The Program


The script can be used to design bi-stable structures, i.e. structures with two almost equally good foldings. For two given structures there are always a lot of sequences compatible with both structures. If both structures are reasonably stable you can find sequences where both target structures have almost equal energy and all other structures have much higher energies. Combined with RNAsubopt, barriers and treekin, this is a very useful tool for designing RNA switches.

The input requires two structures in dot-bracket notation and additionally you can add a sequence. It is also possible to calculate the switching function at two different temperatures with option -T and -T2.

Designing a Switch

Now we try to create an RNA switch using [Flamm et al., 2001]. First we create our inputfile, then invoke the program using ten optimization runs (-n 10) and do not allow lonely pairs. Write it out to switch.out

$ cat >

$ -n 10 --noLP < > switch.out

switch.out should look similar like this, the first block represents our bi-stable structures in random order, the second block shows the resulting sequences ordered by their score.

$ cat switch.out

the resulting sequences are:


Given all 10 suggestions in our switch.out, we select the one with the best score with some command line tools to use it as an RNAsubopt input file and build up the barriers tree.

$ tail -10 switch.out | awk '{print($1)}'  | head -n 1 >
$ RNAsubopt --noLP -s -e 25 < > subopt.out
$ barriers -G RNA-noLP --bsize --rates --minh 2 --max 30 < subopt.out > barriers.out

tail -10 cuts the last 10 lines from the switch.out file and pipes them into an awk script. The function print($1) echoes only the first column and this is piped into the head program where the first line, which equals the best scored sequence, is taken and written into Then RNAsubopt is called to process our sequence and write the output to another file which is the input for the barriers calculation.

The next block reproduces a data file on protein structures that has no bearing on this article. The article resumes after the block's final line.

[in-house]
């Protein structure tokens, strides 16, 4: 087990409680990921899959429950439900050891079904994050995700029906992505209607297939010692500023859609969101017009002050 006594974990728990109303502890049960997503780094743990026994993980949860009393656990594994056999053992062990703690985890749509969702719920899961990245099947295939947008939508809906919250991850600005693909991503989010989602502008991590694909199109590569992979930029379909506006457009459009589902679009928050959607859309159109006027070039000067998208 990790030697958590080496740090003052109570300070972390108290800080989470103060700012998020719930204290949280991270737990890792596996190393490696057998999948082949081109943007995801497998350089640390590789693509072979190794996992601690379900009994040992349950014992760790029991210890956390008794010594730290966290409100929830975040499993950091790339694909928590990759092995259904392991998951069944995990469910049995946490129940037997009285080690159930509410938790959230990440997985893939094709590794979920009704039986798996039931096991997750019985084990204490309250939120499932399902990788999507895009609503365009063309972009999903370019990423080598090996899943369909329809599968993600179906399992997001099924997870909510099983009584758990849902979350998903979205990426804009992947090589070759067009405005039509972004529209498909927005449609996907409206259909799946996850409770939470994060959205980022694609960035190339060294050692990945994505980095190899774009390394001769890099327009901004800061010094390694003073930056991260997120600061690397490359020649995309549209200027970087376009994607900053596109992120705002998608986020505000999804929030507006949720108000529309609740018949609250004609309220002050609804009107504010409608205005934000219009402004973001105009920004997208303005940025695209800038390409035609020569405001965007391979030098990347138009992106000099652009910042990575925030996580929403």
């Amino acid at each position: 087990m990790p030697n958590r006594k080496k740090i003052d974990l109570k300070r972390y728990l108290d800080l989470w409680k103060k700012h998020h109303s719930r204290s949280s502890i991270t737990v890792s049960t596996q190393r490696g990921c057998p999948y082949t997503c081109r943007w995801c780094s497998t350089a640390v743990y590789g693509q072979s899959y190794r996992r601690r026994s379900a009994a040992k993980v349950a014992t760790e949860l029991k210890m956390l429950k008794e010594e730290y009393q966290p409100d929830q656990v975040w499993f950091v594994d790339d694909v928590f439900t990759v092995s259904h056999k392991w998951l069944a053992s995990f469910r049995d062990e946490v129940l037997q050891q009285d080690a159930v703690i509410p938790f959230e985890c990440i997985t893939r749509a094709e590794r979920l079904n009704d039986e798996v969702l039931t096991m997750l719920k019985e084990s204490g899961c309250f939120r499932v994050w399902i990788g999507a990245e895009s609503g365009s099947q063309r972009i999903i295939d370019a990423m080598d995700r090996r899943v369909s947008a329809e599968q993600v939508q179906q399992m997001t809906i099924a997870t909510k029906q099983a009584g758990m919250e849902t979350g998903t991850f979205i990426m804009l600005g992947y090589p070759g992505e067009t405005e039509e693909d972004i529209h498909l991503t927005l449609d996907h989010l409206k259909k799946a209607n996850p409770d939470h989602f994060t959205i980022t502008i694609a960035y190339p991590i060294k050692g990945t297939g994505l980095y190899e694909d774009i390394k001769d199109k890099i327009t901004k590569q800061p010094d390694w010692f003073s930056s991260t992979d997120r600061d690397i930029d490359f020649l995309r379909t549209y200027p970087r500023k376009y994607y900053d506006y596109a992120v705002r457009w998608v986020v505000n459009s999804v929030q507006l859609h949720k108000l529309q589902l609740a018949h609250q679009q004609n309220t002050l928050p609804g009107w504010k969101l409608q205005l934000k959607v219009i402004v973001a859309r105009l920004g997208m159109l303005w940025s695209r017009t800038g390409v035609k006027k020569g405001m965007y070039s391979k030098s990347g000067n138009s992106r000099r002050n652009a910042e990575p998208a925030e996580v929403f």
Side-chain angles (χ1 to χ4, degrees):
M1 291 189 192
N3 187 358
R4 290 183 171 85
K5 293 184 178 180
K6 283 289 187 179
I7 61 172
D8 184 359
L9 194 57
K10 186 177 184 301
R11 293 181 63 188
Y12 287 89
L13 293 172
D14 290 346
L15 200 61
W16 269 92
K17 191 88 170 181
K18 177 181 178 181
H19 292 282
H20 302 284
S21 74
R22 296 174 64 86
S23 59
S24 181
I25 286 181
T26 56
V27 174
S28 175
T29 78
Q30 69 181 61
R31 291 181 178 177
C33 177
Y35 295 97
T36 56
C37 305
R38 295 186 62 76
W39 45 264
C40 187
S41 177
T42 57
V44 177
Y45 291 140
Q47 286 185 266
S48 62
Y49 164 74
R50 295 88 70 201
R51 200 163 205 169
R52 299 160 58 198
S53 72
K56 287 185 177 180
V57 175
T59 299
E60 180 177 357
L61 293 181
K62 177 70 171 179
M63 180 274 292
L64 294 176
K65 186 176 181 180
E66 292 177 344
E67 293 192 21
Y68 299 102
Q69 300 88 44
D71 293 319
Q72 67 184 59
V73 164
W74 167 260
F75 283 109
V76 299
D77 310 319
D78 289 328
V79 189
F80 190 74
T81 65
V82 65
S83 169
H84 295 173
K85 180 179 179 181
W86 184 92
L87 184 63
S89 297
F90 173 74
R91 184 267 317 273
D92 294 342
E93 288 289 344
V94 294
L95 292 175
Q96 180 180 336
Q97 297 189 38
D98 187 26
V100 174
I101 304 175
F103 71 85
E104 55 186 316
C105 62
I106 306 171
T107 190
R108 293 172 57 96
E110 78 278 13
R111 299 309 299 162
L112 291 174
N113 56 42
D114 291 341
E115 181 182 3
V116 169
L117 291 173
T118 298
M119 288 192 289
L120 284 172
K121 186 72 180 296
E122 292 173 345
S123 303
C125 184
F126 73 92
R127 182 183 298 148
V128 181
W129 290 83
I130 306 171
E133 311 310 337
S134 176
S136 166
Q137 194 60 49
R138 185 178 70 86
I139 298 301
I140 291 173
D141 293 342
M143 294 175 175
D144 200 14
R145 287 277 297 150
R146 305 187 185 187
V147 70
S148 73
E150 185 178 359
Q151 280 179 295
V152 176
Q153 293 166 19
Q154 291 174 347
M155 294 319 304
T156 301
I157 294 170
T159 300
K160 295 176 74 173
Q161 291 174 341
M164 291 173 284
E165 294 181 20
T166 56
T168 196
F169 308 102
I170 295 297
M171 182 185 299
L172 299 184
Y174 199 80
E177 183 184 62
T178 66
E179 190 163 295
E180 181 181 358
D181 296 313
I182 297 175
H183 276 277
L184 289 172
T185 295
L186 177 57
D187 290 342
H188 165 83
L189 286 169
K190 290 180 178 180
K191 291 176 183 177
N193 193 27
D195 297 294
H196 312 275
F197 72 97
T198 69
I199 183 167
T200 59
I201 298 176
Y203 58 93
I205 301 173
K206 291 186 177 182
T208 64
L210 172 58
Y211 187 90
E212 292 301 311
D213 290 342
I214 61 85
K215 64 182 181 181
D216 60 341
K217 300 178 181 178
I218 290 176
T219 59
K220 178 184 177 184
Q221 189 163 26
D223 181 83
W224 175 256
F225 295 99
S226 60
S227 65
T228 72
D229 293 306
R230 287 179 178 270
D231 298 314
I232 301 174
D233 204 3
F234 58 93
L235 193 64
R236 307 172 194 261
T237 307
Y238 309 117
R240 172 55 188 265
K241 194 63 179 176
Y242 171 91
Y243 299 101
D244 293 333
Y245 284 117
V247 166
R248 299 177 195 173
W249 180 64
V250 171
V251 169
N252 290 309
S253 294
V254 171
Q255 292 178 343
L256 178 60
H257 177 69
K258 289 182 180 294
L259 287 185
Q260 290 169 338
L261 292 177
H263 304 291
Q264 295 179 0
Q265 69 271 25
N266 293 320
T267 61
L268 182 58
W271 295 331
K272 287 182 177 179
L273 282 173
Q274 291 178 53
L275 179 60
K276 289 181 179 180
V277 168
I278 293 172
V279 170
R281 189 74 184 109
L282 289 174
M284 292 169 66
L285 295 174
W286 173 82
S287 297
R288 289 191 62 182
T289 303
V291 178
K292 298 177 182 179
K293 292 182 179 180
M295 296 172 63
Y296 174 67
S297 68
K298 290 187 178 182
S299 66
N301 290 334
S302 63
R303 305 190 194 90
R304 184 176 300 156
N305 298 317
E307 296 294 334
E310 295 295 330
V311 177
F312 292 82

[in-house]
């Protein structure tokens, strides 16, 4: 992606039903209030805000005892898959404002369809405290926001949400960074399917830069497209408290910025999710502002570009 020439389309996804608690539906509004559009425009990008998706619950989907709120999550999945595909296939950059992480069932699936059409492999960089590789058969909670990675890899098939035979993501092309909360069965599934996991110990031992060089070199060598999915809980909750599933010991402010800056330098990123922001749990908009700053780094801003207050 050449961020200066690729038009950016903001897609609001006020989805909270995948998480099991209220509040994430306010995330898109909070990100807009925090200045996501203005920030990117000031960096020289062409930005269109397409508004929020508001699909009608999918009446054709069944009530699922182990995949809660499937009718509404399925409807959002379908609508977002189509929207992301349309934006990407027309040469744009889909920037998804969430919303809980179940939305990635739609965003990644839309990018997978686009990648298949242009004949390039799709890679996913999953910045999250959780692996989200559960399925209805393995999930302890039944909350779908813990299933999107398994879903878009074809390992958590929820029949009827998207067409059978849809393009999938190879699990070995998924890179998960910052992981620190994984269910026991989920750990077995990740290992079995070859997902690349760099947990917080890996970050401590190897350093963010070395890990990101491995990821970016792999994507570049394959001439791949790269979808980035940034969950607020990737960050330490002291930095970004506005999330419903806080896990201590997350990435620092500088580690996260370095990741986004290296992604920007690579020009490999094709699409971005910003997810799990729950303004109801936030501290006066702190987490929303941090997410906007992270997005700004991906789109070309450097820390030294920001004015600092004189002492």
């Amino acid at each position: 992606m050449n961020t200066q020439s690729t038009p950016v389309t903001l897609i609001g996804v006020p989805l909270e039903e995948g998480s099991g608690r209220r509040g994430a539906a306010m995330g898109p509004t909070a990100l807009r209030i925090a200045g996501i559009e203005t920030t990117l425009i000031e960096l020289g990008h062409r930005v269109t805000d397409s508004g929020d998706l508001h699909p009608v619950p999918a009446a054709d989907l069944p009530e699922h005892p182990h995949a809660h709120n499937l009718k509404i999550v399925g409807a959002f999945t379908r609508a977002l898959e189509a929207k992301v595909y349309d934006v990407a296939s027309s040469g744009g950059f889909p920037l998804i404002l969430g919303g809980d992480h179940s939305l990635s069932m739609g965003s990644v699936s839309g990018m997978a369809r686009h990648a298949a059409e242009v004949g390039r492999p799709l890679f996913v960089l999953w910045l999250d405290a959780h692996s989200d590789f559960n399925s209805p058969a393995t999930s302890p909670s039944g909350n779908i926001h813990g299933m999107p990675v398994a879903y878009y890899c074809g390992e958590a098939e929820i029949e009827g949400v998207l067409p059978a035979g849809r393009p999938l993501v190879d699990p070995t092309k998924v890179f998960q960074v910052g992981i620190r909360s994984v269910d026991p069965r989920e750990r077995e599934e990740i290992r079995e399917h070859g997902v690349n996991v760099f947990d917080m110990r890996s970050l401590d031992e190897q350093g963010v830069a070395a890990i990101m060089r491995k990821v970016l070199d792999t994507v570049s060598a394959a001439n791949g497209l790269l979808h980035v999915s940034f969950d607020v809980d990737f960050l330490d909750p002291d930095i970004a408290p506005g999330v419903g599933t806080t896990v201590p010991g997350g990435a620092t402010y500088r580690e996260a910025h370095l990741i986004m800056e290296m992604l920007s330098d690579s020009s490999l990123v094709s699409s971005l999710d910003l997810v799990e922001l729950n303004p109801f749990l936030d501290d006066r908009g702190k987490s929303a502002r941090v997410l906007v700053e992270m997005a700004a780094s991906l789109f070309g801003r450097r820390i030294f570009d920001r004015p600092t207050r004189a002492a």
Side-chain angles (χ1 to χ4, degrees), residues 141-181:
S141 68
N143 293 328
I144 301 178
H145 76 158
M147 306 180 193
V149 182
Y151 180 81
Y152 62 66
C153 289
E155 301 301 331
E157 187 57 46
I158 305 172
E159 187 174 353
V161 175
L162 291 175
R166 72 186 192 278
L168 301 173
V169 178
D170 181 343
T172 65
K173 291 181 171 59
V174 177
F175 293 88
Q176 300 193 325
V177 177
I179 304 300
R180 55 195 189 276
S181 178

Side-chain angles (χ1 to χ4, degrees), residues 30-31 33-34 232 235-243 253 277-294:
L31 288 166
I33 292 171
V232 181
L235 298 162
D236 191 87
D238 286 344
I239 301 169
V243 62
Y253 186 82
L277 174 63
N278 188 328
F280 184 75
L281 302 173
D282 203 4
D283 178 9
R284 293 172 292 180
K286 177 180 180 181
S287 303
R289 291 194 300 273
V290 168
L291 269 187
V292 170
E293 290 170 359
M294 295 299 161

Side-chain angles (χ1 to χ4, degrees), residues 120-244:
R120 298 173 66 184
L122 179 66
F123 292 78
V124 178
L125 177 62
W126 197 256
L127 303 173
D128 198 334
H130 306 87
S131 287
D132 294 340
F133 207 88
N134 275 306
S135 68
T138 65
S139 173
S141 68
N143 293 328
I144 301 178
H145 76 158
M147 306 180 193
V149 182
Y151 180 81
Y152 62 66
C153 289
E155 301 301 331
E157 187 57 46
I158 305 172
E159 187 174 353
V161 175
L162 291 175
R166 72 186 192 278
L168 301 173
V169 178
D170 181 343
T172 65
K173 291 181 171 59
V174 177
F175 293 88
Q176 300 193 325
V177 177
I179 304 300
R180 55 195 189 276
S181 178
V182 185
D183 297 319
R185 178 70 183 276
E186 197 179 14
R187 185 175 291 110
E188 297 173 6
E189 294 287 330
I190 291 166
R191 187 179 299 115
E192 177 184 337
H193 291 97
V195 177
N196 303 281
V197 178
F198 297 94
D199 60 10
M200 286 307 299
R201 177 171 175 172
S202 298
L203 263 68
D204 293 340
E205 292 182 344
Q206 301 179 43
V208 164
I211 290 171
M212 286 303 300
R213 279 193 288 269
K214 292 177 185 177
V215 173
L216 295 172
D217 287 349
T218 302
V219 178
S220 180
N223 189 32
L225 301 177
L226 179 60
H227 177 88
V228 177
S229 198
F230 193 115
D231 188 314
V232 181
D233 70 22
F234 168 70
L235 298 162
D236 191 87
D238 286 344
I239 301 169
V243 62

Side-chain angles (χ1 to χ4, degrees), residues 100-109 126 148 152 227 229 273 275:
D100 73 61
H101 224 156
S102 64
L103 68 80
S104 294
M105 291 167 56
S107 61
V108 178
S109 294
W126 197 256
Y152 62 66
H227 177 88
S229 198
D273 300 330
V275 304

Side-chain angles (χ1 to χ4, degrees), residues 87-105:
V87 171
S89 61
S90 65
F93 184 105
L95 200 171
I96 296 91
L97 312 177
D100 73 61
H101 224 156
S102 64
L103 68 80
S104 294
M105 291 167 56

Below you find an example of the barrier tree calculation above done with the right settings (connected root) on the left side and the wrong RNAsubobt -e value on the right. Keep in mind that performs a stochastic search and the output sequences are different every time because there are a lot of sequences which fit the structure and switch calculates a new one everytime. Simply try to make sure.

bt1 bt2

left: Barriers tree as it should look like, all branches connected to the main root right: disconnected tree due to a too low energy range (-e) parameter set in RNAsubopt.

Be careful to set the range -e high enough, otherwise we get a problem when calculation the kinetics using treekin. Every branch should be somehow connected to the main root of the tree. Try -e 20 and -e 30 to see the difference in the trees and choose the optimal value. By using --max 30 we shorten our tree to focus only on the lowest minima.

We then select a branch preferably outside of the two main branches, here branch 30 (may differ from your own calculation). Look at the barrier tree to find the best branch to start and replace 30 by the branch you would choose. Now use treekin to plot concentration kinetics and think about the graph you just created.

$ treekin -m I --p0 30=1  < barriers.out > treekin.out
$ xmgrace -log x -nxy treekin.out

The graph could look like the one below, remember everytime you use it can give you different sequences so the output varies too. Here the one from the example.